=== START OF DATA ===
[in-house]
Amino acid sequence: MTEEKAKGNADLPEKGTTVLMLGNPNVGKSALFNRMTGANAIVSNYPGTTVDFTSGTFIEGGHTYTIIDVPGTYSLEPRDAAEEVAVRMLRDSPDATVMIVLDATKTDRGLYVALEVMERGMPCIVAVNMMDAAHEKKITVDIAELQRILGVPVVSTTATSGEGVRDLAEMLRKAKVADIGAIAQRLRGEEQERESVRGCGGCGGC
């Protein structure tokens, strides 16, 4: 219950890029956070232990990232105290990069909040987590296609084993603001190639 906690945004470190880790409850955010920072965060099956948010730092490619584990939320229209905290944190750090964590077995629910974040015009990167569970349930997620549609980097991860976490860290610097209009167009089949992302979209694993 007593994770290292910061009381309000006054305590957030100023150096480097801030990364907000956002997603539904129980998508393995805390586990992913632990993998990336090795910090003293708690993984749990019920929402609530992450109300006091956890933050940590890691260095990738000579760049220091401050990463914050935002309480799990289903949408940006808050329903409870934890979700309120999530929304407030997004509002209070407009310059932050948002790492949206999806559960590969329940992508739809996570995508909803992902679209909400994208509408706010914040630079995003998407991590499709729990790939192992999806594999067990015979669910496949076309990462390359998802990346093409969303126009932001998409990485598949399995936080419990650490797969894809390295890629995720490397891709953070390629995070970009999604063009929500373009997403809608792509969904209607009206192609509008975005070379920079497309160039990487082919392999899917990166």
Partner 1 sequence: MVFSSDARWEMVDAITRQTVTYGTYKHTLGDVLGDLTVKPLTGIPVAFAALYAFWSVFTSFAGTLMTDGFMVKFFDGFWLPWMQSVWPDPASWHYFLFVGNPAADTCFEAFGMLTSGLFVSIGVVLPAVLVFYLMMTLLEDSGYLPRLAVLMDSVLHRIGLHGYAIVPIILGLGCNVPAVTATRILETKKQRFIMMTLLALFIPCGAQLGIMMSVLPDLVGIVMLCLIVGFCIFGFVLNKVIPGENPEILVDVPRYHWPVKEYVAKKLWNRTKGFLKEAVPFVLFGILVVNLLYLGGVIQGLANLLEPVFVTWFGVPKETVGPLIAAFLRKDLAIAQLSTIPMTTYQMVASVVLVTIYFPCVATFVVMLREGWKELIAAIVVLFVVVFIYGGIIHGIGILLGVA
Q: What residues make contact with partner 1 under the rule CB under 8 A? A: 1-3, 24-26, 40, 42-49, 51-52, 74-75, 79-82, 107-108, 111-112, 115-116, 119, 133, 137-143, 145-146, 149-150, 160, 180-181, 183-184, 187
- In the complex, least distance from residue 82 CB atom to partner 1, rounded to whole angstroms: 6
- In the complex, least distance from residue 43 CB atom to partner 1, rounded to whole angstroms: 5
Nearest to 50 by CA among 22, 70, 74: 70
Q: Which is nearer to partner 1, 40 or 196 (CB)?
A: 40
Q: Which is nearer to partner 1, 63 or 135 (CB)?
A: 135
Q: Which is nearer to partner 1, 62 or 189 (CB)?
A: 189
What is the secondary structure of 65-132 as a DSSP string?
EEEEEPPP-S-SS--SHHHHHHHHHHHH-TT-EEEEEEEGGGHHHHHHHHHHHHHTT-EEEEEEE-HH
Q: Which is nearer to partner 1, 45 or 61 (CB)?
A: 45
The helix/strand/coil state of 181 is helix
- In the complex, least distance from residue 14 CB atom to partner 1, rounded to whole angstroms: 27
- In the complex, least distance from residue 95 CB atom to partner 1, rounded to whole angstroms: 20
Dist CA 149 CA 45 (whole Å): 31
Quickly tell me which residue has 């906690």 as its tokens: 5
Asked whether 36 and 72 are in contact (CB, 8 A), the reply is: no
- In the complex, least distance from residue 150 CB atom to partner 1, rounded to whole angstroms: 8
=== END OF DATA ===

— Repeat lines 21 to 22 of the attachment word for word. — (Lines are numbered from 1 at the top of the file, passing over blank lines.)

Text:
- In the complex, least distance from residue 95 CB atom to partner 1, rounded to whole angstroms: 20
Dist CA 149 CA 45 (whole Å): 31